2) Actual medical people have answered and you should listen to them.

3) But if you want a theory from a totally unqualified person, my (*completely rando*) guess would be that it might be sleep apnea or something *like* it, where you're just not getting enough oxygen in there for some reason. (Any chance you have a deviated septum? You can't always tell, my brother had one, it turned out.)

When I read about early morning waking, because it started happened to me, I came across the idea that it can be due to a surge in cortisol from chronic sleep deprivation (or eg if you're not getting good *quality* sleep, for whatever reason, or just not getting enough *air*. Or, probably, a few dozen other reasons).

But for your topline question, 100% see a doc!
posted by cotton dress sock at 9:59 PM on March 27, 2017

Honestly, if left to my own devices, I would go to bed at 9 p.m. and sleep until about 8 a.m. If I'm able to, on the weekends, I'll sleep 10 or 11 hours overnight and then take a 3 hour nap during the day.

That really doesn't wound normal, even if you were at the very end of the normal range. I'd definitely see a doctor about this.
posted by fshgrl at 12:02 AM on March 28, 2017 [4 favorites]

I think an appointment with your GP would be a good place to start.

Some things to think about before your appointment: does your stomach hurt or feel upset often? Do you have problems with either constipation or diarrhea? Do you have joint pain? Do you feel generally achey? I ask because those are the sorts of things that can creep up on a person, so it can be easy to forget them when you're talking to a doctor. But try and think about how you feel in general, physically, in the week or two before you go to your appointment and make a list of your symptoms. Then take that list to the doctor and see what they have to say.
posted by colfax at 1:20 AM on March 28, 2017 [1 favorite]

nthing that it's worth checking vitamin D levels.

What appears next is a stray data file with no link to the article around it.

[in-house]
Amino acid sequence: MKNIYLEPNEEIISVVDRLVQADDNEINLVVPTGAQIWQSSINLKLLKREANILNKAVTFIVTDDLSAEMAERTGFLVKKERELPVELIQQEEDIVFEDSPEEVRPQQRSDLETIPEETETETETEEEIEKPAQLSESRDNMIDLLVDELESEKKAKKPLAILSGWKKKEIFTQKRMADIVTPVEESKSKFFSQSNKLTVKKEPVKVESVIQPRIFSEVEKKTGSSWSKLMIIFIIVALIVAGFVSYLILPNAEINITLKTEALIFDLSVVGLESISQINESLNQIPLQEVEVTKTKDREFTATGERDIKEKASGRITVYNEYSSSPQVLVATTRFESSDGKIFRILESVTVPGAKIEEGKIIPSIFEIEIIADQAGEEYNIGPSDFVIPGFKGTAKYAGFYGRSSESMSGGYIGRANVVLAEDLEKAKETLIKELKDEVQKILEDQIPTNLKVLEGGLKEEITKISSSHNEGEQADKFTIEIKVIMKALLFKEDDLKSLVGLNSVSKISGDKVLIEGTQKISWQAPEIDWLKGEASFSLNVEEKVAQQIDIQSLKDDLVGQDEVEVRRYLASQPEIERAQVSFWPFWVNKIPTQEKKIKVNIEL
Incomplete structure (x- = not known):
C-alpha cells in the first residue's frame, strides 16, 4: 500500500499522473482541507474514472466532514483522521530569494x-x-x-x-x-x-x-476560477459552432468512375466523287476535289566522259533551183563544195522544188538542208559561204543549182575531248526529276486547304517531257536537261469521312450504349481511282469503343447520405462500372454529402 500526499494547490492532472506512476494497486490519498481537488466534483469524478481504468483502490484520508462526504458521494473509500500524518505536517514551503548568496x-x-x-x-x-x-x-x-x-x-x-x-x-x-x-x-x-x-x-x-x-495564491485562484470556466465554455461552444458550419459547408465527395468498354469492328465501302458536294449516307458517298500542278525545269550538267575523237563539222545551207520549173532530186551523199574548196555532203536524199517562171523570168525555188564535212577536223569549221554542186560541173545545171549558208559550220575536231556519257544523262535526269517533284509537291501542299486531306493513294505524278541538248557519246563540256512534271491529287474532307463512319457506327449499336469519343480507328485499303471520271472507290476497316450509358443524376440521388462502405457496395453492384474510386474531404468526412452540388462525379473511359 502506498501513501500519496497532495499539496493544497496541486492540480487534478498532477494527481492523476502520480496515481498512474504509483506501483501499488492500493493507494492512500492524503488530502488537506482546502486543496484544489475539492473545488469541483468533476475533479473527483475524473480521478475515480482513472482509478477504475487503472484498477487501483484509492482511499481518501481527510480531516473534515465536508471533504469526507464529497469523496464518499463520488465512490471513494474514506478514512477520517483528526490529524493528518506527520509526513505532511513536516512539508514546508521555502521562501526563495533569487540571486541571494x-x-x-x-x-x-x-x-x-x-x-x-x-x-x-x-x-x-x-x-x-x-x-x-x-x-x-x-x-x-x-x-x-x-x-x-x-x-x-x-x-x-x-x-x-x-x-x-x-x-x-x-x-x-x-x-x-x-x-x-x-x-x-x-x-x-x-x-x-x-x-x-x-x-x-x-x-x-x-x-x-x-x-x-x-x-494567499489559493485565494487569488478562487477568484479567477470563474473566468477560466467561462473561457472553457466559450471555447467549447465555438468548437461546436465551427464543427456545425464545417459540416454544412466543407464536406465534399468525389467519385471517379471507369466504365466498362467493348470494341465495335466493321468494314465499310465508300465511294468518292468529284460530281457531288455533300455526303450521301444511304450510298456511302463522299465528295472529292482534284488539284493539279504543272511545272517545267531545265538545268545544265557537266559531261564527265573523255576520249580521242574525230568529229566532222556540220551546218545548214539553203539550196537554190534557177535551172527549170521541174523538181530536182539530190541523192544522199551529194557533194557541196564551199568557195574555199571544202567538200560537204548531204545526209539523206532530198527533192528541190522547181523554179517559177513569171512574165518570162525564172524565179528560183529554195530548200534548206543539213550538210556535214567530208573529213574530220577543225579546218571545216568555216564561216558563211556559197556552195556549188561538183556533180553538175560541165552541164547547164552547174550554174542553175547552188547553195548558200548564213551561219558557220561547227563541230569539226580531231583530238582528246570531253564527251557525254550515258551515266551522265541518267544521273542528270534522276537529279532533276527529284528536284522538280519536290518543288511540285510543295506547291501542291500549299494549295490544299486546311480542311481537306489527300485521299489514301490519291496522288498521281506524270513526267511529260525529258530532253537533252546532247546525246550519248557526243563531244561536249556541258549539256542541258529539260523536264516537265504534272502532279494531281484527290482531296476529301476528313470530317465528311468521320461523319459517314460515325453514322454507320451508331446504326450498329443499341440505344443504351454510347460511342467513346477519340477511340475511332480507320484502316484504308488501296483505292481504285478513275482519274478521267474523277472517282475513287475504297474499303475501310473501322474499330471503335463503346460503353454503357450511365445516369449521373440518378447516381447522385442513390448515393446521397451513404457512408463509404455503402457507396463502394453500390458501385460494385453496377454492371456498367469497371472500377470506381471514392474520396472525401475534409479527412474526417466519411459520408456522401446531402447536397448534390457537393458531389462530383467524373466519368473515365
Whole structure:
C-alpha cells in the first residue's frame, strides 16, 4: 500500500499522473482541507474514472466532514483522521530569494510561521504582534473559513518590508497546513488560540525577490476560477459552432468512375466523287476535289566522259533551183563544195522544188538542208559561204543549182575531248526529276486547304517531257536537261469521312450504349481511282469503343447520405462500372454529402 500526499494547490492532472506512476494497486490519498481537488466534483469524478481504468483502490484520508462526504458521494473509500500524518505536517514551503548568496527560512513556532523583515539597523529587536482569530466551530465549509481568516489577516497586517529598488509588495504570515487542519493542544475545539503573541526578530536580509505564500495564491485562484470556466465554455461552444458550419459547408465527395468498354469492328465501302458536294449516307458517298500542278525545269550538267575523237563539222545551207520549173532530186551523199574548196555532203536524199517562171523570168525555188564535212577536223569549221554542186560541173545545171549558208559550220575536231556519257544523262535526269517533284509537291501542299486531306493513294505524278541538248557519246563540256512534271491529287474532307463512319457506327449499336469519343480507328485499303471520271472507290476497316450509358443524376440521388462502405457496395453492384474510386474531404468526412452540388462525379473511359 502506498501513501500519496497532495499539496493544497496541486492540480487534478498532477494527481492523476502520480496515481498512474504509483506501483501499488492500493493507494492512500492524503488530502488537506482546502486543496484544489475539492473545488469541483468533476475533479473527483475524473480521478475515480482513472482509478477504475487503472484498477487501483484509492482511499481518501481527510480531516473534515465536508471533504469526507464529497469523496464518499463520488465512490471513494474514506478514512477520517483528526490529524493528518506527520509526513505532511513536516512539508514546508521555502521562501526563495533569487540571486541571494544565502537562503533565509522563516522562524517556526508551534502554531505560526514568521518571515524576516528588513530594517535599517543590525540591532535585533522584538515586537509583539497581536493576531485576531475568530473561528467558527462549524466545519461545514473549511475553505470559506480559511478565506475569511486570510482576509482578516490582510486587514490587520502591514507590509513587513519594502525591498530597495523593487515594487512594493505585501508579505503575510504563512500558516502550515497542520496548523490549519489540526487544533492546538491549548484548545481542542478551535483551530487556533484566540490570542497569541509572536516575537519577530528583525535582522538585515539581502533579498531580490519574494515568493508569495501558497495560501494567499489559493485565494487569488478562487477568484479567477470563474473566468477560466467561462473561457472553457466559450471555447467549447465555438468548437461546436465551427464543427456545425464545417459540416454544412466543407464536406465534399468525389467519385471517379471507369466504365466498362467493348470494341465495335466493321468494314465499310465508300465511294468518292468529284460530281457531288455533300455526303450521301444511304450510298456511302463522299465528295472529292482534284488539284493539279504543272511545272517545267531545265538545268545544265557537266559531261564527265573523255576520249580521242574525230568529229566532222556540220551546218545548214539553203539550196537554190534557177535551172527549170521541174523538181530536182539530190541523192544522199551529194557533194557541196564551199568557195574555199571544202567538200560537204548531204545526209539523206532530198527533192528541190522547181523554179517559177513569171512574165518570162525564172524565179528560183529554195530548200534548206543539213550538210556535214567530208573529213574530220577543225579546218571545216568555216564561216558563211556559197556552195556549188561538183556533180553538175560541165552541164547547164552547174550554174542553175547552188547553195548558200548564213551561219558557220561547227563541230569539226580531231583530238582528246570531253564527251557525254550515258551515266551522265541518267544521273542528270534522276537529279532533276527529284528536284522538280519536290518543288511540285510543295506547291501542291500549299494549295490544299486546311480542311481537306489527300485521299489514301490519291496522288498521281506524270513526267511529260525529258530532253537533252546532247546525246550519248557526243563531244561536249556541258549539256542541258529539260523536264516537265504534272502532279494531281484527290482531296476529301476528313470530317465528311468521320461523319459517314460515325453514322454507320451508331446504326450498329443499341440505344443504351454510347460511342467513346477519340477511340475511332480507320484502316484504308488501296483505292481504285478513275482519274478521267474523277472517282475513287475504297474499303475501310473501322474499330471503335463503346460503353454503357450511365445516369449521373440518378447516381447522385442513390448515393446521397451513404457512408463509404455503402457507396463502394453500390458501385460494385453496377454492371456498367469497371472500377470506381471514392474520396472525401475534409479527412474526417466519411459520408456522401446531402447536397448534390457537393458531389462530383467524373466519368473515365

posted by Segundus at 3:30 AM on March 28, 2017 [1 favorite]

I am also prone to waking up around 2 or 3 a.m. and having trouble going back to sleep for a few hours

This isn't necessarily a problem, the idea that we sleep in one long stretch is actually a myth - google "biphasic sleep" or "polyphasic sleep." And daytime napping is also considered normal. Here is some information about human sleep patterns that you might find helpful.

But being tired all the time is definitely a problem! Keep a journal for a few weeks - when did you go to sleep? When were you awake? How did you feel? What did you do during the day? And bring that to your GP with a list of your symptoms.
posted by epanalepsis at 7:04 AM on March 28, 2017

I think you need to get more focused on this issue than just "I wouldn't mind talking to a doctor about it in theory." See a doctor. Keep seeing doctors. Stick with this until it gets resolved. I was recently diagnosed with sleep apnea (I have no idea whether that's your issue and I am in no way qualified to guess at your issue) and am finally sleeping well. Getting a good night's sleep has improved my life so much. I am happier, my wife finds me much easier to deal with, I feel healthier, and I have more energy. It has been weird to go through this during the first months of the Trump administration because everyone else is so down, for good reason, and I'm feeling better than I've felt in many years despite all my political anger and anxiety.
posted by Alluring Mouthbreather at 7:35 AM on March 28, 2017

Can you breathe through your nose? A deviated septum can cause disturbed sleep and an ENT will definitely be able to advise.
posted by lydhre at 7:51 AM on March 28, 2017

This year I've had the opportunity to live my life without the constraints of a tight schedule. I learned that in the winter I prefer to get 13 hours of sleep at night. I was not depressed and have been treated for hypothyroidism for years. I probably wasn't actually sleeping 13 hrs because I would go to bed early and then wake up around 3am and read for two hours and snooze for a bit. I know people are saying this isn't normal but it is normal for me. I know because I felt happy and healither than I have in a long time.

Are you unhappy with the amount you sleep? Is it impacting your quality of life? If so, I agree with the above posters to go to a doctor and discuss. Instead of focusing on finding something "wrong," you might want to discuss how you can naturally boost your energy.

BTW, I had a sleep deficient built up. Whether it's paying that down or the fact that it's lighter out, I'm now closer to 10 hrs a night.
posted by CMcG at 5:14 AM on March 29, 2017